In criminal convictions, juries must be unanimous, Supreme Court rules
WASHINGTON – The Supreme Court ruled Monday that juries in state criminal trials must be unanimous to convict a defendant, settling a quirk of constitutional law that had allowed divided votes to result in convictions in Louisiana and Oregon.
Justice Neil Gorsuch wrote for the court that the practice is inconsistent with the Constitution’s right to a jury trial and that it should be discarded as a vestige of Jim Crow laws in Louisiana and racial, ethnic and religious bigotry that led to its adoption in Oregon in the 1930s.
“In fact, no one before us contests any of this; courts in both Louisiana and Oregon have frankly acknowledged that race was a motivating factor in the adoption of their States’ respective nonunanimity rules,” Gorsuch wrote.
The justices’ 6-3 vote overturned the conviction of Evangelisto Ramos. He is serving a life sentence in Louisiana for killing a woman after a jury voted 10-2 to convict him in 2016. Oregon is the only other state that allows for non-unanimous convictions for some crimes.
Louisiana voters changed the law for crimes committed beginning in 2019.
Now the same rules will apply in all 50 states and in the federal system: Juries must vote unanimously for conviction.
“We are heartened that the Court has held, once and for all, that the promise of the Sixth Amendment fully applies in Louisiana, rejecting any concept of second-class justice,” Ramos’ lawyer, Ben Cohen, said in a statement. “In light of the COVID-19 crisis, it is essential that prisoners who are wrongfully incarcerated be given the chance for release as soon as possible.”
The outcome will affect defendants who are still appealing their convictions. But for defendants whose cases are final, it will take another round of lawsuits to figure out whether the high court ruling applies to them.
The Supreme Court last took up the issue in 1972, when it ruled that nothing in the Constitution bars states from allowing some convictions by non-unanimous verdicts, even as it said that the Sixth Amendment requires unanimous verdicts in federal criminal cases. The case turned on the vote of Justice Lewis Powell.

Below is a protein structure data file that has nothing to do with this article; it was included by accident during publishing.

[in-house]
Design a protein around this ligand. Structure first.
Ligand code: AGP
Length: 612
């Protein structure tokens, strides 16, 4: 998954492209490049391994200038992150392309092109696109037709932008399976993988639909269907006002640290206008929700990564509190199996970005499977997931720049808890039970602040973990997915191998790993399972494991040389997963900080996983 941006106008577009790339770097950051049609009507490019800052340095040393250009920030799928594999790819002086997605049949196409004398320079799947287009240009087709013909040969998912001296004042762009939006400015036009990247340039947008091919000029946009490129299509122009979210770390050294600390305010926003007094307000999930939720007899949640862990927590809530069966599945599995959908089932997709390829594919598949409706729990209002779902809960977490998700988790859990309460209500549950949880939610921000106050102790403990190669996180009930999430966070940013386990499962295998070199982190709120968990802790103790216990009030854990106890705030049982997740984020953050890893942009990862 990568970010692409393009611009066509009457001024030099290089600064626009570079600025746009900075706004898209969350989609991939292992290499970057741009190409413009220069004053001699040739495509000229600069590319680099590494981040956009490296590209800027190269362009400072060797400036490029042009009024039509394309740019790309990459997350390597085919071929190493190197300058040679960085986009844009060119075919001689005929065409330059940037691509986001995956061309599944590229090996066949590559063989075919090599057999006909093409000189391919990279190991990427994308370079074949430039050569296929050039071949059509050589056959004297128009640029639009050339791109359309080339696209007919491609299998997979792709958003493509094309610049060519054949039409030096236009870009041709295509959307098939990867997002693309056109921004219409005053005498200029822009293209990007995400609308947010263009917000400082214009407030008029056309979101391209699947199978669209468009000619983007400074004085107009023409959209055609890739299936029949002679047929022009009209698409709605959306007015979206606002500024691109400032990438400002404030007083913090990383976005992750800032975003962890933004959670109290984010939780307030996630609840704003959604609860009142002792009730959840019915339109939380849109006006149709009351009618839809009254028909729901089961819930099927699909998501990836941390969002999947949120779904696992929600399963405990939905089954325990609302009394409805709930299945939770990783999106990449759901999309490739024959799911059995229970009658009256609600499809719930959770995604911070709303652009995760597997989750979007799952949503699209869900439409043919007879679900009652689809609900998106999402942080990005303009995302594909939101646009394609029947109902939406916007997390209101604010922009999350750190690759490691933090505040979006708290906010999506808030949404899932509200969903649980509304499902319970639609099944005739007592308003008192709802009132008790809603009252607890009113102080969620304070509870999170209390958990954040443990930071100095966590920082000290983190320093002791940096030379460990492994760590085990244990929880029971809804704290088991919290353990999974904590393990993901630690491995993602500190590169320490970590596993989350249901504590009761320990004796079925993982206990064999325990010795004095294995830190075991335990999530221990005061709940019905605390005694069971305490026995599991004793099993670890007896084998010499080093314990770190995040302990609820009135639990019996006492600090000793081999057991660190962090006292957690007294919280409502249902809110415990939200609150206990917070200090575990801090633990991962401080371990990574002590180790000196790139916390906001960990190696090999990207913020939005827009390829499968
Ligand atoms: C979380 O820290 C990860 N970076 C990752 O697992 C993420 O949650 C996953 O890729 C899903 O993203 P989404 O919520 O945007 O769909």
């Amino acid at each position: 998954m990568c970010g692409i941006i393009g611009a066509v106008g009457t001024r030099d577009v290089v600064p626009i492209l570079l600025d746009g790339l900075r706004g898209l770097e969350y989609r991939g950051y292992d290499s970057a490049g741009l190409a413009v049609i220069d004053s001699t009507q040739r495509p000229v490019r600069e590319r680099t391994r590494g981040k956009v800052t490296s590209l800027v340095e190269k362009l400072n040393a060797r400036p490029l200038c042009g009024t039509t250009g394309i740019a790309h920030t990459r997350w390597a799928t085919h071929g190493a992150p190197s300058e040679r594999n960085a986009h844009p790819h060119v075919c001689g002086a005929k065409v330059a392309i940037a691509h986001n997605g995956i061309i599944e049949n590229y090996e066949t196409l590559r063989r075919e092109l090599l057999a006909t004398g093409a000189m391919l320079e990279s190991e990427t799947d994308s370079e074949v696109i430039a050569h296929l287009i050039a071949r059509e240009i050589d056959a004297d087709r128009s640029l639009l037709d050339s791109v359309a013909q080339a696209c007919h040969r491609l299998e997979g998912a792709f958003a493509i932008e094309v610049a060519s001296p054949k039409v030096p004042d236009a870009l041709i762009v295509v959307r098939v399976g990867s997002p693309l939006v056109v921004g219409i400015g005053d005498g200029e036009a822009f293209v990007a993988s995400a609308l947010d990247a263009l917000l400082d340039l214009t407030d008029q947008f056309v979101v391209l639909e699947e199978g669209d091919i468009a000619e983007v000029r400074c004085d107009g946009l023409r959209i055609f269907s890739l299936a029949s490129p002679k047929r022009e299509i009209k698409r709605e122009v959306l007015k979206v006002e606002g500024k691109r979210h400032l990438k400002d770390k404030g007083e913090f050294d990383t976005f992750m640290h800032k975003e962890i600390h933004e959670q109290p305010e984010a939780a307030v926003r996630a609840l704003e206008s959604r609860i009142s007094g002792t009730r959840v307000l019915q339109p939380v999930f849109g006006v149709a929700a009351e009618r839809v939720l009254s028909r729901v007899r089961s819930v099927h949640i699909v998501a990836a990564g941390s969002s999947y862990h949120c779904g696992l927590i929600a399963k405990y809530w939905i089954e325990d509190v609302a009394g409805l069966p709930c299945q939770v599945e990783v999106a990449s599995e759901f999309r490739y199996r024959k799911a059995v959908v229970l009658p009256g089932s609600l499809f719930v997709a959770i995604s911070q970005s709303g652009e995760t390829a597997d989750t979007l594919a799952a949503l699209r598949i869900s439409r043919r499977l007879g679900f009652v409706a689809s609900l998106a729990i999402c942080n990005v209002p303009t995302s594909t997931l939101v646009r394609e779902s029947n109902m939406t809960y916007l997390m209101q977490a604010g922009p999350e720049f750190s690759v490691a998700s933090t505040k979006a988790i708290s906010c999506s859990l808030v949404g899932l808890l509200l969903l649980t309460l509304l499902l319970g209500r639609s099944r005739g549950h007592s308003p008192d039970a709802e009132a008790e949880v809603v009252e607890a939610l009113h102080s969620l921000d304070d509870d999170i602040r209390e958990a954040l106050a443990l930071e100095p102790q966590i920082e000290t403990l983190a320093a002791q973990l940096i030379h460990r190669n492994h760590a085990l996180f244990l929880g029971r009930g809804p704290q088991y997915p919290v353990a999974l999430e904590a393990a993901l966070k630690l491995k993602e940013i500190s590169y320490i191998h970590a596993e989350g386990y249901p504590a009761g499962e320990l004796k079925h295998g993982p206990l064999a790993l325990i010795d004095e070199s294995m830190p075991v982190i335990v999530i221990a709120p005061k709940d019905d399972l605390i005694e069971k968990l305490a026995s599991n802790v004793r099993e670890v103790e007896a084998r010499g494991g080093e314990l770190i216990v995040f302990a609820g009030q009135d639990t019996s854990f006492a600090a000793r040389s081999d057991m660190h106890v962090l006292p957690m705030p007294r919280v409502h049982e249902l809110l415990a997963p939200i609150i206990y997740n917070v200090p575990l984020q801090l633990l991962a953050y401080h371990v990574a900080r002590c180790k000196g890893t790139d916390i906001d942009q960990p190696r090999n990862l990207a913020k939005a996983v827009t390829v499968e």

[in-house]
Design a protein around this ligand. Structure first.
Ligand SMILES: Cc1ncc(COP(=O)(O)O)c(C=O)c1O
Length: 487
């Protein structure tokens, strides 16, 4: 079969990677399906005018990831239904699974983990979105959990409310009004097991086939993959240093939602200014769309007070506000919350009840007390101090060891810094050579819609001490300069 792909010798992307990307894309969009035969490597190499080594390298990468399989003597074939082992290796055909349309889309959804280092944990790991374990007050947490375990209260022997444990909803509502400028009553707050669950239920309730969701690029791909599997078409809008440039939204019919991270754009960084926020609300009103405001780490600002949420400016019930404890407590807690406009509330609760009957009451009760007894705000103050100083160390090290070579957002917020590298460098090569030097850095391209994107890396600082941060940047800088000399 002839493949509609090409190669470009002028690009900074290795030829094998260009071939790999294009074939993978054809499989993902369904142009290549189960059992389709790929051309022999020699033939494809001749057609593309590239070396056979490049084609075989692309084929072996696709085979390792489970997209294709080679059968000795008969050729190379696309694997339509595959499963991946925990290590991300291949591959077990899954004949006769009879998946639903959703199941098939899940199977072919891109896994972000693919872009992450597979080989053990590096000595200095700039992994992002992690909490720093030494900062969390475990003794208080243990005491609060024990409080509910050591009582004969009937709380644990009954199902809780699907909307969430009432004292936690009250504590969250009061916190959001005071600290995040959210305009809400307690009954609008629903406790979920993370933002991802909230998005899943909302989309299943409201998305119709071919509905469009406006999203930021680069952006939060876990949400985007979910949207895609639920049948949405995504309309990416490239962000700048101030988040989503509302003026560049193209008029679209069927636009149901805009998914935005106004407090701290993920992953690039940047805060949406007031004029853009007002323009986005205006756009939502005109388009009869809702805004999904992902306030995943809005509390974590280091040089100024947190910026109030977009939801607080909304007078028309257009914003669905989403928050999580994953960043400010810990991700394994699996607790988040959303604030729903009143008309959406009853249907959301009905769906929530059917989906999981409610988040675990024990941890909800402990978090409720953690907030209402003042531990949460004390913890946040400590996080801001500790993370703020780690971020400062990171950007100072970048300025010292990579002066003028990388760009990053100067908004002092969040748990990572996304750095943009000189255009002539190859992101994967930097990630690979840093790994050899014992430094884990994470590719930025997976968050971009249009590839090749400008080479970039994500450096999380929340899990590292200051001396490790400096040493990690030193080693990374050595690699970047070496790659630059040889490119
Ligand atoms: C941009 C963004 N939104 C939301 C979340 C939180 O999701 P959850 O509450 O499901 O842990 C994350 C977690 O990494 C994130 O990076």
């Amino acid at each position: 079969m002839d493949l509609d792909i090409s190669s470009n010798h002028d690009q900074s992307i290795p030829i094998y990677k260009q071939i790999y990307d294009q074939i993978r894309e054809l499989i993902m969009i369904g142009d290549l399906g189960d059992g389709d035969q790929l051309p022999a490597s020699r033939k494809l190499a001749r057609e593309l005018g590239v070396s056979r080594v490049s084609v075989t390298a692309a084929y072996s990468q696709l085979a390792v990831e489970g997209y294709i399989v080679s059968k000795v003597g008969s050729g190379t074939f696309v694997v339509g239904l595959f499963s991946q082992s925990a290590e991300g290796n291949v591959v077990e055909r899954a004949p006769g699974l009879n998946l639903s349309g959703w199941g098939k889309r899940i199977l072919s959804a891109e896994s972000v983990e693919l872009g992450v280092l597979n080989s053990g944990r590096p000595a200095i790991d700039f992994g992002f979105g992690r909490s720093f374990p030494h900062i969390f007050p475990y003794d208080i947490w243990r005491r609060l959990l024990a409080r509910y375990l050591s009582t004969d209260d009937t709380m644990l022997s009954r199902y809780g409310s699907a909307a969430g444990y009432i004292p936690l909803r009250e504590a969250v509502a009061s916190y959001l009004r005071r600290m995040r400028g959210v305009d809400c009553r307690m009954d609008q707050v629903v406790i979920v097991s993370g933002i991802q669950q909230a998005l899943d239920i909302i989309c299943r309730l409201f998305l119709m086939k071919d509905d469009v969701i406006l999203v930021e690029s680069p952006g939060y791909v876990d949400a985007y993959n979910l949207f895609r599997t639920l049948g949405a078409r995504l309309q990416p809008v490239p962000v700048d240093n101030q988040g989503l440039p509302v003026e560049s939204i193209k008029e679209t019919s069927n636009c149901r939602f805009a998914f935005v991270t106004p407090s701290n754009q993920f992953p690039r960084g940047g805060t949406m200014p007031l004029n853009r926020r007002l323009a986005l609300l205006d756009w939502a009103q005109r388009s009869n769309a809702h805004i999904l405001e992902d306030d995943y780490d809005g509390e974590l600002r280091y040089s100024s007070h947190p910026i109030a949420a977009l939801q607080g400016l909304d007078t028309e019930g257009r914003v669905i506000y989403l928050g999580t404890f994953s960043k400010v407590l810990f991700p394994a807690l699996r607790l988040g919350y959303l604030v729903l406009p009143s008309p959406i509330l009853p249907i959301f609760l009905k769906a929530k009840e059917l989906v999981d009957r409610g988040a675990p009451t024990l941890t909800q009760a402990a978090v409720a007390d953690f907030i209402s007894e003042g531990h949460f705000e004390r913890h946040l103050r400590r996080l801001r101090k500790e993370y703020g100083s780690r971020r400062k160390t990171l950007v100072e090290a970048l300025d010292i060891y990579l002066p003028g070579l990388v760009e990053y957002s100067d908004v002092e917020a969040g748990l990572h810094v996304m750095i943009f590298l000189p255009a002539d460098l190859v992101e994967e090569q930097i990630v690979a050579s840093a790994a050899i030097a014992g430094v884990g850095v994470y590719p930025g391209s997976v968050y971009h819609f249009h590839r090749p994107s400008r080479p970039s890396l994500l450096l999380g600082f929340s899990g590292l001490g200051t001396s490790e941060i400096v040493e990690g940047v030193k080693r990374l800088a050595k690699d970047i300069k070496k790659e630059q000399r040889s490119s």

The 1972 decision left the jury trial right as one of the few rights guaranteed by the first 10 amendments to the Constitution that does not apply uniformly to the states as well as the federal government. Last year, the court held that the Constitution’s ban on excessive fines applies to the states and the federal government alike.
“There can be no question either that the Sixth Amendment’s unanimity requirement applies to state and federal criminal trials equally,” Gorsuch wrote Monday.
The decision produced an unusual lineup of justices, with liberals Stephen Breyer, Ruth Bader Ginsburg and Sonia Sotomayor and conservatives Brett Kavanaugh, Clarence Thomas and Gorsuch supporting Ramos.
Chief Justice John Roberts and Justice Samuel Alito, two conservatives, were in dissent along with liberal Justice Elena Kagan.
That’s because a key part of the case was whether to jettison the 1972 decision, and overturning precedent is a fraught issue on the current court, principally because the additions of Gorsuch and Kavanaugh have made the court more conservative and, perhaps, more likely to undermine landmark abortion rights rulings.
Gorsuch, Sotomayor, Kavanaugh, Thomas and Alito addressed the issue of precedent in majority, dissenting and concurring opinions. Kavanaugh has said that prior decisions must be not just wrong but egregiously so. The 1972 decision, he wrote Monday, “is egregiously wrong.”
Sotomayor said the old case was wrong both on the Sixth Amendment and in its ignorance of the bigoted roots of allowing non-unanimous verdicts. The case, she wrote, represents a “universe of one – an opinion uniquely irreconcilable with not just one, but two, strands of constitutional precedent well established both before and after the decision.”
Alito, however, noted that some justices in Monday’s majority might find it more difficult to complain about abandoning other precedents. “I assume that those in the majority will apply the same standard in future cases,” he wrote.